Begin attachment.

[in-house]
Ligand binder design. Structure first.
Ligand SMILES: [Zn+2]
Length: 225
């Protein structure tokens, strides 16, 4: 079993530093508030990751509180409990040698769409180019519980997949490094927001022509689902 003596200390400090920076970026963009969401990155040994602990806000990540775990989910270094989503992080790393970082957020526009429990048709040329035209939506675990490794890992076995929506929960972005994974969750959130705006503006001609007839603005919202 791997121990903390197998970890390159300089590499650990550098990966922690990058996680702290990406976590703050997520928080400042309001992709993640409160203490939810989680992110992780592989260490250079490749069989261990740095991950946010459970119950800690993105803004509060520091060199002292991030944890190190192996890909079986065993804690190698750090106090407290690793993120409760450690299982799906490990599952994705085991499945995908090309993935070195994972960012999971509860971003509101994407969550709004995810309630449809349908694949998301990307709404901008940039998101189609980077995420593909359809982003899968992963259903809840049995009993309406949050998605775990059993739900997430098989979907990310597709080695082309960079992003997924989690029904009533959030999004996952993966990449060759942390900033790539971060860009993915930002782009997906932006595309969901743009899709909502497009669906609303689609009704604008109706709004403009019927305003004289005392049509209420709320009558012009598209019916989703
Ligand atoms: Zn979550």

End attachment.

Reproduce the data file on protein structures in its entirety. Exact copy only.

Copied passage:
[in-house]
Ligand binder design. Structure first.
Ligand SMILES: [Zn+2]
Length: 225
């Protein structure tokens, strides 16, 4: 079993530093508030990751509180409990040698769409180019519980997949490094927001022509689902 003596200390400090920076970026963009969401990155040994602990806000990540775990989910270094989503992080790393970082957020526009429990048709040329035209939506675990490794890992076995929506929960972005994974969750959130705006503006001609007839603005919202 791997121990903390197998970890390159300089590499650990550098990966922690990058996680702290990406976590703050997520928080400042309001992709993640409160203490939810989680992110992780592989260490250079490749069989261990740095991950946010459970119950800690993105803004509060520091060199002292991030944890190190192996890909079986065993804690190698750090106090407290690793993120409760450690299982799906490990599952994705085991499945995908090309993935070195994972960012999971509860971003509101994407969550709004995810309630449809349908694949998301990307709404901008940039998101189609980077995420593909359809982003899968992963259903809840049995009993309406949050998605775990059993739900997430098989979907990310597709080695082309960079992003997924989690029904009533959030999004996952993966990449060759942390900033790539971060860009993915930002782009997906932006595309969901743009899709909502497009669906609303689609009704604008109706709004403009019927305003004289005392049509209420709320009558012009598209019916989703
Ligand atoms: Zn979550």